You can see that quick repairs to negative credit reports don't exist, but there are legitimate steps you can take immediately to improve your score. Start today and keep up with it over time, and you will see your credit report score continue to rise.

Last edited by james.hendrickson; 01-31-2017 at 10:55 AM.
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Old 09-05-2007, 07:34 PM
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very informative article! is there a point in credit counsilers anymore? most of what they tell you you can also find in books, forums etc..
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Old 01-02-2008, 09:19 AM
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What's great now is that you got a few agencies giving you free credit scores on the internet.
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Old 01-28-2008, 07:46 PM
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pay your biils every month on time ..
Also have a low balances or o balance
and never be late
your fico score will go through the roof
anthing above 700 is a elite group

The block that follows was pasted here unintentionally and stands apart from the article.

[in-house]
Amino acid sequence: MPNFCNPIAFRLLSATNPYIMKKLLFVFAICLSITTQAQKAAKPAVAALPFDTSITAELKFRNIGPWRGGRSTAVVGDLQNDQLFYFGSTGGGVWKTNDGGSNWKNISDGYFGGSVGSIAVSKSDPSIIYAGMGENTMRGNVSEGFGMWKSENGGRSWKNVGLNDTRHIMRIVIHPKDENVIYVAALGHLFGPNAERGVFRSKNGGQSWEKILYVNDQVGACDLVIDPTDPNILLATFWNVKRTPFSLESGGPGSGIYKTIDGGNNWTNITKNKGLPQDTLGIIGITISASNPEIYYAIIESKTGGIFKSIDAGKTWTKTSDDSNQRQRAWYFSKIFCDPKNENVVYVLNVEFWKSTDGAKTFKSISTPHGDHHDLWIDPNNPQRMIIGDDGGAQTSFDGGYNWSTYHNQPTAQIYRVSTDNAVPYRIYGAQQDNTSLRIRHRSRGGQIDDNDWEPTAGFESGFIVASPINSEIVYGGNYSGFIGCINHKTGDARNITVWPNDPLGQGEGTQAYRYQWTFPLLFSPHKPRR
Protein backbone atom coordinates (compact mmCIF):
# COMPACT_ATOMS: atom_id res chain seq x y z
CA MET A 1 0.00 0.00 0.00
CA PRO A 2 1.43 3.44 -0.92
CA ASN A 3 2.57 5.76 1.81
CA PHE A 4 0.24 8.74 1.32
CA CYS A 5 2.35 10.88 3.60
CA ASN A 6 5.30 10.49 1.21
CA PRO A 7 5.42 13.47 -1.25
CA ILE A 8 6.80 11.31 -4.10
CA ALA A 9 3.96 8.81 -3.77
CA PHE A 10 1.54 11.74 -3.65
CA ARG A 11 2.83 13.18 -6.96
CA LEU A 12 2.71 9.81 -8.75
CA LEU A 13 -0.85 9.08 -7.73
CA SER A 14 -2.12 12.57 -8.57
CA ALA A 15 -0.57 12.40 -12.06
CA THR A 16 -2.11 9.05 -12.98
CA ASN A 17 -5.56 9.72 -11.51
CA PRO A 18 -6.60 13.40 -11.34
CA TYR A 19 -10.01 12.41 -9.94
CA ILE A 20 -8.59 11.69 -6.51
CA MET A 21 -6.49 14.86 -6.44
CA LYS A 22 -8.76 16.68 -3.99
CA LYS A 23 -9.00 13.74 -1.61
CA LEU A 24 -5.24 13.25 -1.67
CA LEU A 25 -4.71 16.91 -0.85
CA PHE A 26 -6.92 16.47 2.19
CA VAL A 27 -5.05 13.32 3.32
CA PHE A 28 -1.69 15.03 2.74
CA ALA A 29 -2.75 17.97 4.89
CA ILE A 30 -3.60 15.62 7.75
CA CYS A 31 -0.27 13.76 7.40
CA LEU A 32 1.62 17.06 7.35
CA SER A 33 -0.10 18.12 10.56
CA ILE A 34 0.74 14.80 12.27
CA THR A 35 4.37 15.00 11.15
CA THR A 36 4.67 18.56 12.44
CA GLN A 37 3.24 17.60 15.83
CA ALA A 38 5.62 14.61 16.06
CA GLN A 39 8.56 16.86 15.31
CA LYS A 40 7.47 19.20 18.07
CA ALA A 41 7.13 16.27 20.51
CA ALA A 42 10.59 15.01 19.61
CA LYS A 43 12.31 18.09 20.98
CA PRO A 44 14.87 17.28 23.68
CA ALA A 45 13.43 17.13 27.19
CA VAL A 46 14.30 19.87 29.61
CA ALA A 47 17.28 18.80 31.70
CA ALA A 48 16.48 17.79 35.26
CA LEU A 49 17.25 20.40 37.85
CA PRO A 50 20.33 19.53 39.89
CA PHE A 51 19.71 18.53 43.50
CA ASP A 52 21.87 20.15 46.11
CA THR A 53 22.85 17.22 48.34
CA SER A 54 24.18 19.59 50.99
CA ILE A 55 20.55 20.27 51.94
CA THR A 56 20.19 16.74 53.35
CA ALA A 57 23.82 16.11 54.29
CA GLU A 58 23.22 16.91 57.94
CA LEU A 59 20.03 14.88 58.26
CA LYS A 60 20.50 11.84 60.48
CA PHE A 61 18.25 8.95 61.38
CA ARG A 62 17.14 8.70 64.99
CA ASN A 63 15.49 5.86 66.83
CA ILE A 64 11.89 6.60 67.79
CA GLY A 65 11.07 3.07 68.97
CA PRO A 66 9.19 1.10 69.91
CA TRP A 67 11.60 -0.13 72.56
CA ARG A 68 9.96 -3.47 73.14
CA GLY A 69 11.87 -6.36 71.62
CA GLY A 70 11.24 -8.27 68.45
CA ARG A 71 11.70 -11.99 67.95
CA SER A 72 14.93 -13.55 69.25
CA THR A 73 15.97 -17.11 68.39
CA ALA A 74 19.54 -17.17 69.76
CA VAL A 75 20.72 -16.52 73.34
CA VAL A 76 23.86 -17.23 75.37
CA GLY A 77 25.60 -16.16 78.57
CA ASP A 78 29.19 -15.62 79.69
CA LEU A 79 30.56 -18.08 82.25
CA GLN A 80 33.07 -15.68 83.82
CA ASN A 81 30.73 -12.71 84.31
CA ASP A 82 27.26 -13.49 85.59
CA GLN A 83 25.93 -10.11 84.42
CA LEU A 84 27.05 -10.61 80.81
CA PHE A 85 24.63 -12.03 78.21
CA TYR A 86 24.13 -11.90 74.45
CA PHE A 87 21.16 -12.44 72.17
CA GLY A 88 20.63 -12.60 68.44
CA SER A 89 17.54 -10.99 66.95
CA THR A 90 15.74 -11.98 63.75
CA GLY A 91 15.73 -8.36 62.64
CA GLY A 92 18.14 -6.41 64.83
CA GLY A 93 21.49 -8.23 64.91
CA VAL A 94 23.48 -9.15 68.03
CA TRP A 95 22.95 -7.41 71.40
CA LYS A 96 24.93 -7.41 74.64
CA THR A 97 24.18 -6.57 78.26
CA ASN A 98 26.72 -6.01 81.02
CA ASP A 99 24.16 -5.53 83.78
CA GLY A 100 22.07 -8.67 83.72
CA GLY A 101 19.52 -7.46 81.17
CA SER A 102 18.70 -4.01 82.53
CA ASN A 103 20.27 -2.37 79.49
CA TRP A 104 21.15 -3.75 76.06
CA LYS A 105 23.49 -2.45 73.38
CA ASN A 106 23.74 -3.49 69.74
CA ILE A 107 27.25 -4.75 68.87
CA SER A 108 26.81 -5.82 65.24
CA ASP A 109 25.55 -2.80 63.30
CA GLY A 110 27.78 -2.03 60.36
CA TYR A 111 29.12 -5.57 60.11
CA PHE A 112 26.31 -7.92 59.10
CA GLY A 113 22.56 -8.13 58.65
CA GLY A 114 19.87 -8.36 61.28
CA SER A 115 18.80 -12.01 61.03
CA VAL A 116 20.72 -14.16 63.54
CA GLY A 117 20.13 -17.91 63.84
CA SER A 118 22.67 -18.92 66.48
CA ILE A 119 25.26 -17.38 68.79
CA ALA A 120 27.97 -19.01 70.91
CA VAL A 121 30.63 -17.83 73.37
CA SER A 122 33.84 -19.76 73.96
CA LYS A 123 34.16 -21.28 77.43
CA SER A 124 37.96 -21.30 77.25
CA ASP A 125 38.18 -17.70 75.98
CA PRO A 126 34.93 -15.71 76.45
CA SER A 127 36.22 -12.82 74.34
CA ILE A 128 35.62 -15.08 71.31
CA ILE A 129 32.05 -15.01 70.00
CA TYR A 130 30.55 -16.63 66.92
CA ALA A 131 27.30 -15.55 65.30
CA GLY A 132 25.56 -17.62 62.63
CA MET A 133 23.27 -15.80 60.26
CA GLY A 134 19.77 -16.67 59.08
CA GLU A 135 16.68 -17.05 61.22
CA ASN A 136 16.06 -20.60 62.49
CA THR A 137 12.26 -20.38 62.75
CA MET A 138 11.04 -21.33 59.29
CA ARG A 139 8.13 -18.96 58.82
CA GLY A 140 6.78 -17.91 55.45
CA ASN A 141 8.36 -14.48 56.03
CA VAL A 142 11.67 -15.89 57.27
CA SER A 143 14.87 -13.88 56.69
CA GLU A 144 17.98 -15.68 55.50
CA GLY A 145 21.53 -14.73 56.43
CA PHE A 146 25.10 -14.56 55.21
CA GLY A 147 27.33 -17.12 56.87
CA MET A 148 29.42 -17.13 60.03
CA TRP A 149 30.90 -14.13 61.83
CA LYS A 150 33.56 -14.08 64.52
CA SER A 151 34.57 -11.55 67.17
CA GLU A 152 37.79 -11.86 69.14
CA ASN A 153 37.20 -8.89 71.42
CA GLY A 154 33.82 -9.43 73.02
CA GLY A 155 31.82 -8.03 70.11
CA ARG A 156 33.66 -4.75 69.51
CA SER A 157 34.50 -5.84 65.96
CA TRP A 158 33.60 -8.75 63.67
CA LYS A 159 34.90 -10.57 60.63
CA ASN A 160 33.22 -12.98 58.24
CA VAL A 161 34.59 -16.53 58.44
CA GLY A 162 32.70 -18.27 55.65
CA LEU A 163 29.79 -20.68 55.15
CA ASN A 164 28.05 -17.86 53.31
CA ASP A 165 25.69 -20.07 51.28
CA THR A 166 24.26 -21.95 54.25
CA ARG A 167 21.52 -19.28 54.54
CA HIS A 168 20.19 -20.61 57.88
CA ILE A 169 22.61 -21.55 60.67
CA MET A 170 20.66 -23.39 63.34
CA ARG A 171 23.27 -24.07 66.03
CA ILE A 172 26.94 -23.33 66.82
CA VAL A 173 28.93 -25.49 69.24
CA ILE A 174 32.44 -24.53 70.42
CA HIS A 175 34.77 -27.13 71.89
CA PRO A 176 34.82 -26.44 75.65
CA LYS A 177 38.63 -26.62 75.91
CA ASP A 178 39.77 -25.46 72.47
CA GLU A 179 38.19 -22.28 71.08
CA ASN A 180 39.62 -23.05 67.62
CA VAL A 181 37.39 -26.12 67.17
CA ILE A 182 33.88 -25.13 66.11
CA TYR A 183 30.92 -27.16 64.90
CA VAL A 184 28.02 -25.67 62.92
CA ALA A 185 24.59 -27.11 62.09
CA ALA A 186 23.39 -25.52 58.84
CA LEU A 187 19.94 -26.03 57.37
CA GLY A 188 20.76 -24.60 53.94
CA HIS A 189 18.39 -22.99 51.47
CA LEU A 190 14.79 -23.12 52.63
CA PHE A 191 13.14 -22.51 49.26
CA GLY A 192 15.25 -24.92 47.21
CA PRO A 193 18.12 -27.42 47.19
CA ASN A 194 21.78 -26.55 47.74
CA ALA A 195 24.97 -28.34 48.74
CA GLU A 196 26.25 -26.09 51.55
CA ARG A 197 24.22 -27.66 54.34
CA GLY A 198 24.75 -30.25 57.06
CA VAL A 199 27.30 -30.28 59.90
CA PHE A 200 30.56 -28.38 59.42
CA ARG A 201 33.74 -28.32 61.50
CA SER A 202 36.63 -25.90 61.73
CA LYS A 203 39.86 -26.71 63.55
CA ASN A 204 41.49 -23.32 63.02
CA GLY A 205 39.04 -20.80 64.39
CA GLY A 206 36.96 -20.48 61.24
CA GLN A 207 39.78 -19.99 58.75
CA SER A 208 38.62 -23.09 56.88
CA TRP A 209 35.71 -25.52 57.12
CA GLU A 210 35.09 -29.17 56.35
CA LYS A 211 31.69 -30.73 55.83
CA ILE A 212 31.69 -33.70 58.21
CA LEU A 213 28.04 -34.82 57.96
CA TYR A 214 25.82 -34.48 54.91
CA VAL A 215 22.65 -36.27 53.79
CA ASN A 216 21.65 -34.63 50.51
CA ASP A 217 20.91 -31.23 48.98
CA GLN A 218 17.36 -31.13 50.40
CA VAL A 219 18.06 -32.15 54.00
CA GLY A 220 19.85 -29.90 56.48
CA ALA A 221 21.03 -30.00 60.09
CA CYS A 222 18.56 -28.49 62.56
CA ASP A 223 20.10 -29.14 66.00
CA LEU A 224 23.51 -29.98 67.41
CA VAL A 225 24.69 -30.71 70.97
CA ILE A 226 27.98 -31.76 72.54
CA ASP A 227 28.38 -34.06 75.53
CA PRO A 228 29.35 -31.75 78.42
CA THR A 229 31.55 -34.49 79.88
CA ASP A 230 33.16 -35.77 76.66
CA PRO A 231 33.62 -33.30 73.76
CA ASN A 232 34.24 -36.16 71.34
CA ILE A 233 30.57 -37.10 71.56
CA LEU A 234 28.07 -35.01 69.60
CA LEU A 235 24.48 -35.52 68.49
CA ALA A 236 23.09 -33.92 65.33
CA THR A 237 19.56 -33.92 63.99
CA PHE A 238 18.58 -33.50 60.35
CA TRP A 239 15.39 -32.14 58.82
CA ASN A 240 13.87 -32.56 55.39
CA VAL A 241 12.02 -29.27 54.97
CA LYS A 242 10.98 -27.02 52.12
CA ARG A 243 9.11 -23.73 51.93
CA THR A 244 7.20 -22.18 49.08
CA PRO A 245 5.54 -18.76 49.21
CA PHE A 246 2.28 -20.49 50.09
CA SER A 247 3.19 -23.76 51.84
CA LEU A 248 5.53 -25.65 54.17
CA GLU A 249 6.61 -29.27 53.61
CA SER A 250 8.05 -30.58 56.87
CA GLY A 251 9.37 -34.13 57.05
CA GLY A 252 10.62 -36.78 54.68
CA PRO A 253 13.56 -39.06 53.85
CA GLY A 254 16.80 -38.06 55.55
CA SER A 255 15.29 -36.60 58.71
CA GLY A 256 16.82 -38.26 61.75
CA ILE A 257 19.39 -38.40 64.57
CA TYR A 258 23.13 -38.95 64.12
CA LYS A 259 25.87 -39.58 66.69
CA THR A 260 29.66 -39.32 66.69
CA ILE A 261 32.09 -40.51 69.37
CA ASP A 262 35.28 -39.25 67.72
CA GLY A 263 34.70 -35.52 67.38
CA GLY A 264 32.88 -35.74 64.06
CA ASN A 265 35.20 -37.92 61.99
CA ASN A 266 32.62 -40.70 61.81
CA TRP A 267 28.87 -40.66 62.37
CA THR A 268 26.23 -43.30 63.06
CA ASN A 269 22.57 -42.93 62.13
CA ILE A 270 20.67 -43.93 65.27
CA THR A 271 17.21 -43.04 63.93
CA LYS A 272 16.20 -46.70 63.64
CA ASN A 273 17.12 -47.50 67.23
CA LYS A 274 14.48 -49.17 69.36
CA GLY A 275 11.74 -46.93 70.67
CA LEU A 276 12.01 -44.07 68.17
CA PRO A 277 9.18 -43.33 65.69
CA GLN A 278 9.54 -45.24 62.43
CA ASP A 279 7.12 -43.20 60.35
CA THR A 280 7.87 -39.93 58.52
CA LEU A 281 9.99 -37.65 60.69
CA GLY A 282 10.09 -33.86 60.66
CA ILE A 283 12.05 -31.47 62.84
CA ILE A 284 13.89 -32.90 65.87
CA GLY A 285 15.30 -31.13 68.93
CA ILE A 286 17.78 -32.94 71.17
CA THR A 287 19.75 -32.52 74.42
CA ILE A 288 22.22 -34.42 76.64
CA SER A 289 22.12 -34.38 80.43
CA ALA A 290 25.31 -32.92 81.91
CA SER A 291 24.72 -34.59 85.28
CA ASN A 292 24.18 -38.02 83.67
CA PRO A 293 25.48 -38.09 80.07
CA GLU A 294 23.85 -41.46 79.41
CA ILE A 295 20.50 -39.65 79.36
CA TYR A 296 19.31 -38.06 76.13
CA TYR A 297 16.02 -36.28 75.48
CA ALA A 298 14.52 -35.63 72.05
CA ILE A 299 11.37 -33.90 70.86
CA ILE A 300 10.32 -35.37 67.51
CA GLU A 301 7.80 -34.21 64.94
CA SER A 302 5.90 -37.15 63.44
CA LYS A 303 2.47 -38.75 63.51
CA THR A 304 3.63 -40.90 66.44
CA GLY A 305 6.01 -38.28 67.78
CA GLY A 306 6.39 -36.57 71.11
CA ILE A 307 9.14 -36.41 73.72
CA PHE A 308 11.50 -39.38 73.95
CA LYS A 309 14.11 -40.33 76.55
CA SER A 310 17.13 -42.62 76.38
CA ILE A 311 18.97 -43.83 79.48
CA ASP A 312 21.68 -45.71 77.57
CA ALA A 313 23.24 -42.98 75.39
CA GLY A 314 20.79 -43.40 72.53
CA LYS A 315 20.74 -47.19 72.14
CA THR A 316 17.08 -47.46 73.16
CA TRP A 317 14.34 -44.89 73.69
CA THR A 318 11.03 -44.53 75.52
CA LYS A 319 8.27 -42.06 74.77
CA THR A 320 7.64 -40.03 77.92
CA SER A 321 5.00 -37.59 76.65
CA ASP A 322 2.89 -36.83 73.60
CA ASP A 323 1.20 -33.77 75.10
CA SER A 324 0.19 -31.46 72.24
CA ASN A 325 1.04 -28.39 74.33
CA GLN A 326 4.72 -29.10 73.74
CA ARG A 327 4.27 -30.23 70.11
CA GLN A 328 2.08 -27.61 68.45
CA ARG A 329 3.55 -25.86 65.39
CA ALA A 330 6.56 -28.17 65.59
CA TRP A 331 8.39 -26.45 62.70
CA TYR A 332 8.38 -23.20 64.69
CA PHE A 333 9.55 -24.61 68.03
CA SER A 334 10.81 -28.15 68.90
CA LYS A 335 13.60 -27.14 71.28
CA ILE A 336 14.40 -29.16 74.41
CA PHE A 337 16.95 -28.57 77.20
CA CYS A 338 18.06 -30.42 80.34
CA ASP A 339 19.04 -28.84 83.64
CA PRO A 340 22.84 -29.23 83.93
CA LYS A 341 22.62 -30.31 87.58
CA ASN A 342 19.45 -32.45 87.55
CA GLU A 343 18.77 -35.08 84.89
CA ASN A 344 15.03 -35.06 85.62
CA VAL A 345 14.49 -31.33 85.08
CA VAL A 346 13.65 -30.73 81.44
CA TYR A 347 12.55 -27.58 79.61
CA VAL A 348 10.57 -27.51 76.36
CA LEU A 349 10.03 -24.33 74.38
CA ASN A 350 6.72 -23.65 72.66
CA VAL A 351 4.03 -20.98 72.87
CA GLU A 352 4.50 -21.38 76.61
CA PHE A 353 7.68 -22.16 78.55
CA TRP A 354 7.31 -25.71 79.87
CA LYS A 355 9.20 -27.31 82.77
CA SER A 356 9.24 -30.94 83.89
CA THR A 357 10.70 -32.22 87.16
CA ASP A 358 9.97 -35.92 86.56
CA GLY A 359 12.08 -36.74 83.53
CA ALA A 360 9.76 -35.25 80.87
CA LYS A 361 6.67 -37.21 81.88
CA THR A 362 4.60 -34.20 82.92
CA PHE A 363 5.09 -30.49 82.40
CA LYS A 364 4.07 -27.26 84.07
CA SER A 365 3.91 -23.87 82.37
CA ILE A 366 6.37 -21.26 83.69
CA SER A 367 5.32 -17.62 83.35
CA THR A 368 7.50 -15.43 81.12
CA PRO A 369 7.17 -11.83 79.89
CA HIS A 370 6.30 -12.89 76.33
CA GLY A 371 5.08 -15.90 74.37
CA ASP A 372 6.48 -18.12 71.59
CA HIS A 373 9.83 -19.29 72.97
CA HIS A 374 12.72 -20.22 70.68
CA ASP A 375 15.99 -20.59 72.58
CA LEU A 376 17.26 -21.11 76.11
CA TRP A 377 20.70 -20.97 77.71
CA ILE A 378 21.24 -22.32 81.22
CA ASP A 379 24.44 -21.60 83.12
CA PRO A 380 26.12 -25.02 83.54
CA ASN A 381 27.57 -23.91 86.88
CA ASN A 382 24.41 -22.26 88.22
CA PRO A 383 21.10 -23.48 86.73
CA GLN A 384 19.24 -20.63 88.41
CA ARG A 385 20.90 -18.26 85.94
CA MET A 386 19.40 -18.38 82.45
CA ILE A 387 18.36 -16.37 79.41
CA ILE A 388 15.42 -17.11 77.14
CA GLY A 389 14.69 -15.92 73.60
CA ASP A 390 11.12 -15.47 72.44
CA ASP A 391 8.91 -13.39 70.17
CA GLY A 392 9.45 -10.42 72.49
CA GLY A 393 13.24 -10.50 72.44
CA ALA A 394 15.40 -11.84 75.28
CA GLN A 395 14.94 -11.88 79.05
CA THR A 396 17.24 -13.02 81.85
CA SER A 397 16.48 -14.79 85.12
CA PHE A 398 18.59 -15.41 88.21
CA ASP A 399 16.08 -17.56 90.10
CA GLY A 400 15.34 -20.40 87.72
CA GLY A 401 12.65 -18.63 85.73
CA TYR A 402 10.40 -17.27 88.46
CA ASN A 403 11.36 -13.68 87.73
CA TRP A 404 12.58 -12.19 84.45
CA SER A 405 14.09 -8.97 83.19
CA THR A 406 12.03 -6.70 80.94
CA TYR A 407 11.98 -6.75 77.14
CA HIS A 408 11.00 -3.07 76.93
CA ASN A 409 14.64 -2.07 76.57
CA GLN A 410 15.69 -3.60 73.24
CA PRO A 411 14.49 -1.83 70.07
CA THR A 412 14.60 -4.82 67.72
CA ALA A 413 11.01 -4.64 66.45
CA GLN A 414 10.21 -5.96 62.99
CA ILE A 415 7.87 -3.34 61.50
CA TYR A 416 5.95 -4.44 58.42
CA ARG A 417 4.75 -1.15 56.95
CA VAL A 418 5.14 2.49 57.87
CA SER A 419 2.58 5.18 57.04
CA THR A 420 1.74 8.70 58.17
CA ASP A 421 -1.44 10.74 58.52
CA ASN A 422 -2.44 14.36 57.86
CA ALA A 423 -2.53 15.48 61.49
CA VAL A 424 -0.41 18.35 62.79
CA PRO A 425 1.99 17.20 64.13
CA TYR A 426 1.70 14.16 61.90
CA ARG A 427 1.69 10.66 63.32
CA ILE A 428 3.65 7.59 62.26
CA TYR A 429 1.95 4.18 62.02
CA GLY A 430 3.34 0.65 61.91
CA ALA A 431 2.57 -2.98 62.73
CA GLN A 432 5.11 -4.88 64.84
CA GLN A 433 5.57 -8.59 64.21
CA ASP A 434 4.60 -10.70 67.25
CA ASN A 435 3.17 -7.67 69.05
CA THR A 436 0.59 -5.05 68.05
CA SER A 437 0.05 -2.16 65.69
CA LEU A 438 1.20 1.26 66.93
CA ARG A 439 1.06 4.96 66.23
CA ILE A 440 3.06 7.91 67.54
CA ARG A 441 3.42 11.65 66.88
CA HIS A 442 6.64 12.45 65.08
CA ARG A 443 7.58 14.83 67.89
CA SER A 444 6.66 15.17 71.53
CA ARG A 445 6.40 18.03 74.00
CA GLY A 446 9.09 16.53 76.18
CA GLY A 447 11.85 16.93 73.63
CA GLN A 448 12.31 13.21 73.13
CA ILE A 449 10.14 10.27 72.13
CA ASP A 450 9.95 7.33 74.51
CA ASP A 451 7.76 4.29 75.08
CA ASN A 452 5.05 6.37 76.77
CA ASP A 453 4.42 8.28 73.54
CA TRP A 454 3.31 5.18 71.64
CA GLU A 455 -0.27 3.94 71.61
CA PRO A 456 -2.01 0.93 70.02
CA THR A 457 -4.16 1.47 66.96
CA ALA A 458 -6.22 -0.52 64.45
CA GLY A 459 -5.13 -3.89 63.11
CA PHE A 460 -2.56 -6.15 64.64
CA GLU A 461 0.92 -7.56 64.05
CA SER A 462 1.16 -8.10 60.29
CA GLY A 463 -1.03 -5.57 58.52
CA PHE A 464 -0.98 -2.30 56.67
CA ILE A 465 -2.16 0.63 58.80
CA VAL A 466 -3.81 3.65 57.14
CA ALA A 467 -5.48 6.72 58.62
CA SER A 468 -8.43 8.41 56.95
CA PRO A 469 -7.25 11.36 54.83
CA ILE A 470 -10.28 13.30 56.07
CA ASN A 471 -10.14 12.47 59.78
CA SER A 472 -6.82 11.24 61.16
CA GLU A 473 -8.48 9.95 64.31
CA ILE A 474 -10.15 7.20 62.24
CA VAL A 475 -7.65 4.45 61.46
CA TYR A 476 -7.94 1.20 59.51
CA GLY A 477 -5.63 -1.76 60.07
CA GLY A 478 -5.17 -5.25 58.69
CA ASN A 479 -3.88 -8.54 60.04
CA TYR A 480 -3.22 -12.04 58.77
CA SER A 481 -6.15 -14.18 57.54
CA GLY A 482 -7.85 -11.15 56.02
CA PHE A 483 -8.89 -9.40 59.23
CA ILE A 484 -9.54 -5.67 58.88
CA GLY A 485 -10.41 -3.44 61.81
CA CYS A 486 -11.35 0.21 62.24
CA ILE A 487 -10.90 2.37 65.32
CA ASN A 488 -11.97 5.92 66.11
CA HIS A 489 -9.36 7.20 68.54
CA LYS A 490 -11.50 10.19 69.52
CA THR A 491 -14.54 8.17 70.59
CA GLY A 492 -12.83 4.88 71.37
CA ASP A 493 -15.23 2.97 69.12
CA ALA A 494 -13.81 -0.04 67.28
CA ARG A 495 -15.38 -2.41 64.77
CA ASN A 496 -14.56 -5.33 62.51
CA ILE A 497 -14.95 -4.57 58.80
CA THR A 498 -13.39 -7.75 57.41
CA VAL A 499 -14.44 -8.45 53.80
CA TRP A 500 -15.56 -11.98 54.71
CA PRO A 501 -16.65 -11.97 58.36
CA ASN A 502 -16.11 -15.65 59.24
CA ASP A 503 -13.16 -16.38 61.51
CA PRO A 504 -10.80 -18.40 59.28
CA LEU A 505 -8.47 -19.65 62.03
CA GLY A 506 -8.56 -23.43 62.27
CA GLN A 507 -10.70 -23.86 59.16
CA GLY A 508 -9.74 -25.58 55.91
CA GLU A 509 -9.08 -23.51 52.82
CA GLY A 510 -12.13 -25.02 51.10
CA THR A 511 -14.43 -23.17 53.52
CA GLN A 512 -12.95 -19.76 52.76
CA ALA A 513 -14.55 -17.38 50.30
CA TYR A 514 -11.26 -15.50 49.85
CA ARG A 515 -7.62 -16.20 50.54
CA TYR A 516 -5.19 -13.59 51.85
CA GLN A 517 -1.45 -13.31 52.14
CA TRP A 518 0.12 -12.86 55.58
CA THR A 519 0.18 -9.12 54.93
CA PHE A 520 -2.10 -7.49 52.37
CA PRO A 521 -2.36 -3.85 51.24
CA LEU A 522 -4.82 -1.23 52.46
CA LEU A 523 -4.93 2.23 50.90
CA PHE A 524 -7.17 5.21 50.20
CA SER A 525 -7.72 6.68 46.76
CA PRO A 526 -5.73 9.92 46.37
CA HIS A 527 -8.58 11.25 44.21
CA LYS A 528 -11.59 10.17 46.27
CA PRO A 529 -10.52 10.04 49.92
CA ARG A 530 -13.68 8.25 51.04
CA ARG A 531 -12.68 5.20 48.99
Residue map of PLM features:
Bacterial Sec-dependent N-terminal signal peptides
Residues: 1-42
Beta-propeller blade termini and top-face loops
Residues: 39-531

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Old 02-05-2008, 04:38 AM
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Quote:
Originally Posted by accounting View Post
What's great now is that you got a few agencies giving you free credit scores on the internet.
Free credit scores? I've seen and know of free credit reports.
Although, I believe there was a federal mandate to do this (although I'm not 100% sure).
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Old 02-05-2008, 04:43 AM
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Quote:
Originally Posted by loanstar View Post
very informative article! is there a point in credit counsilers anymore? most of what they tell you you can also find in books, forums etc..
There will always be those that cannot handle their money properly. Either because they were never taught how to, or they don't care to see the err of their ways.
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Old 11-02-2008, 12:37 PM
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keep low balances on credit cards, pay bills on time, don't open new credit

Last edited by jeffrey; 11-02-2008 at 06:41 PM.
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Old 05-02-2009, 02:47 AM
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Thanks for sharing your experience with me. I am very glad to here
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Old 09-09-2009, 01:49 AM
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Post Steps To Increase Your Credit Score